How Can Babies Sleep?: A Question of Environmental Noise Expressed as Decibel Levels in an Urban Level Three NICU

2.50
Hdl Handle:
http://hdl.handle.net/10755/201899
Type:
Presentation
Title:
How Can Babies Sleep?: A Question of Environmental Noise Expressed as Decibel Levels in an Urban Level Three NICU
Abstract:
(41st Biennial Convention) Background: Noise is part of our environment but when it reaches high decibel (dB) levels it can have adverse effects (Darcy, Hancock, & Ware, 2008). High decibel levels create stress responses and poor outcomes for hospitalized infants (Etzel, & Balk, 1999). The American Academy of Pediatrics (AAP) established criteria for noise in the NICU (White, 2007), which include baseline, hourly, and transient noise levels.  Unfortunately studies show that high decibel noise levels remain in hospitals and critical care settings, including neonatal intensive care units (NICU) (Lasky, & Williams, 2009; Darcy, & Hancock, 2008; McLaren, & Maxwell-Armstrong, 2008).  Aims:  1) Describe the current baseline decibel levels of noise in the NICU; 2) Identify variables responsible for noise decibel levels; 3) Evaluate staff/parent perceptions of noise;  4) Identify variables responsible for noise decibel level variability in the NICU. Methods: Design:  Descriptive exploratory study. Setting: Urban, 45 bed, level three NICU. Procedures: Data collected for two months.  Noise measured by obtaining decibel readings using the Quest Model 2900 sound meter.  Readings taken for15 minutes at 4 hourly intervals.  Noise levels recorded as low, peak and average.  To ascertain perception of noise, surveys conducted with NICU personnel and parents of infants in the NICU.  Results:  Readings taken on 19 days in different areas of the NICU.  Low dB readings ranged from 53 - 66 dB.  High dB readings ranged from 60 -80.  Overall average readings ranged from 57.2 -70.2 dB.  Fifty-three surveys returned and indicate parents and nurses most bothered by babies crying and staff talking while respiratory therapists are most bothered by alarms. Implications for Nursing: Noise levels in the NICU typically exceed the recommended criteria.  Both parents and staff are bothered by the excess noise.  Results from further analyses will help guide targeted quality improvement strategies to minimize noise decibel levels.   
Keywords:
sound; neonatal intensive care unit; noise
Repository Posting Date:
11-Jan-2012
Date of Publication:
4-Jan-2012
Sponsors:
Sigma Theta Tau International

Full metadata record

DC FieldValue Language
dc.typePresentationen_GB
dc.titleHow Can Babies Sleep?: A Question of Environmental Noise Expressed as Decibel Levels in an Urban Level Three NICUen_GB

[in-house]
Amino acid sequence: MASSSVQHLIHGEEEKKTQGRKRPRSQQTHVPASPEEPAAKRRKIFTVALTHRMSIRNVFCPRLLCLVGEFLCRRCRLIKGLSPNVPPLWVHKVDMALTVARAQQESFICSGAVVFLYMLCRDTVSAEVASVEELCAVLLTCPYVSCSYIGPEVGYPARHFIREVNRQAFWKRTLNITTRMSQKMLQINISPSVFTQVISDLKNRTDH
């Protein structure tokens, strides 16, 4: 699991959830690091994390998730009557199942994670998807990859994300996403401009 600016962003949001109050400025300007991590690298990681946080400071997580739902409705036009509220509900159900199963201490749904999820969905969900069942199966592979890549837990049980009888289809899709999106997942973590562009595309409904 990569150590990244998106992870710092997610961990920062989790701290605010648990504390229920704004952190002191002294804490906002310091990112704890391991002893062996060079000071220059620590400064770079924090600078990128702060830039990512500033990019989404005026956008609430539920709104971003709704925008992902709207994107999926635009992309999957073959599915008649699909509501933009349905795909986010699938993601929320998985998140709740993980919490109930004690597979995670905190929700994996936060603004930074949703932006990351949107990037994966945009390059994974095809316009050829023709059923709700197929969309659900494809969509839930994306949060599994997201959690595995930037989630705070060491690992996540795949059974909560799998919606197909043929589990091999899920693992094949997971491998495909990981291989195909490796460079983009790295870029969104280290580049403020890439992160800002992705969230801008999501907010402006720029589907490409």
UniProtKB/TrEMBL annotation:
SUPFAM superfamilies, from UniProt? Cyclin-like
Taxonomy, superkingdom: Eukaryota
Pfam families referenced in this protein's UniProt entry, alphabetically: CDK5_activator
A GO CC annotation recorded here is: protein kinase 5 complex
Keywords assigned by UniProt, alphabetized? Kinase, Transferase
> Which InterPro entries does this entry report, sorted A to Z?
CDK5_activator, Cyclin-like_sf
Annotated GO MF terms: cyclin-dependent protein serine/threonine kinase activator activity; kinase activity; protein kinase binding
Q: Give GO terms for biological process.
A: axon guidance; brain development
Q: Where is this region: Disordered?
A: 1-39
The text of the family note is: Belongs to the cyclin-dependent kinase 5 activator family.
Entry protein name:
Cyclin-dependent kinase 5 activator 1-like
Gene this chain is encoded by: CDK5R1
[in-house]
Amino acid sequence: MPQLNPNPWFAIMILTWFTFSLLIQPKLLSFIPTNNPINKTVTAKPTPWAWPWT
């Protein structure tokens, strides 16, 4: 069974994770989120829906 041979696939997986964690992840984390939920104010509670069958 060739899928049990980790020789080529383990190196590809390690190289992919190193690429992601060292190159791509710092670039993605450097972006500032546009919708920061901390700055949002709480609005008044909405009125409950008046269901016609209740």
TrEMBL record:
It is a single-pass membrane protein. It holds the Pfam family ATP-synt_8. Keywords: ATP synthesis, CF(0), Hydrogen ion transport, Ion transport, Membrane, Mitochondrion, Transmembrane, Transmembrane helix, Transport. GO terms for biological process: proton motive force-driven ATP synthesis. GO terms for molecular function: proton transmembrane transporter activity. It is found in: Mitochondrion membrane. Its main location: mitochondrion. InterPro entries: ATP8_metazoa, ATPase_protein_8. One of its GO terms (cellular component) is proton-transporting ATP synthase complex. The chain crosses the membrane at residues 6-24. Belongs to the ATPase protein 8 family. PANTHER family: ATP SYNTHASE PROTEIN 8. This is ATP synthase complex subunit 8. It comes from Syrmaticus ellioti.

dc.identifier.urihttp://hdl.handle.net/10755/201899-
dc.description.abstract(41st Biennial Convention) Background: Noise is part of our environment but when it reaches high decibel (dB) levels it can have adverse effects (Darcy, Hancock, & Ware, 2008). High decibel levels create stress responses and poor outcomes for hospitalized infants (Etzel, & Balk, 1999). The American Academy of Pediatrics (AAP) established criteria for noise in the NICU (White, 2007), which include baseline, hourly, and transient noise levels.  Unfortunately studies show that high decibel noise levels remain in hospitals and critical care settings, including neonatal intensive care units (NICU) (Lasky, & Williams, 2009; Darcy, & Hancock, 2008; McLaren, & Maxwell-Armstrong, 2008).  Aims:  1) Describe the current baseline decibel levels of noise in the NICU; 2) Identify variables responsible for noise decibel levels; 3) Evaluate staff/parent perceptions of noise;  4) Identify variables responsible for noise decibel level variability in the NICU. Methods: Design:  Descriptive exploratory study. Setting: Urban, 45 bed, level three NICU. Procedures: Data collected for two months.  Noise measured by obtaining decibel readings using the Quest Model 2900 sound meter.  Readings taken for15 minutes at 4 hourly intervals.  Noise levels recorded as low, peak and average.  To ascertain perception of noise, surveys conducted with NICU personnel and parents of infants in the NICU.  Results:  Readings taken on 19 days in different areas of the NICU.  Low dB readings ranged from 53 - 66 dB.  High dB readings ranged from 60 -80.  Overall average readings ranged from 57.2 -70.2 dB.  Fifty-three surveys returned and indicate parents and nurses most bothered by babies crying and staff talking while respiratory therapists are most bothered by alarms. Implications for Nursing: Noise levels in the NICU typically exceed the recommended criteria.  Both parents and staff are bothered by the excess noise.  Results from further analyses will help guide targeted quality improvement strategies to minimize noise decibel levels.   en_GB
dc.subjectsounden_GB
dc.subjectneonatal intensive care uniten_GB
dc.subjectnoiseen_GB
dc.date.available2012-01-11T10:58:59Z-
dc.date.issued2012-01-04en_GB
dc.date.accessioned2012-01-11T10:58:59Z-
dc.description.sponsorshipSigma Theta Tau Internationalen_GB
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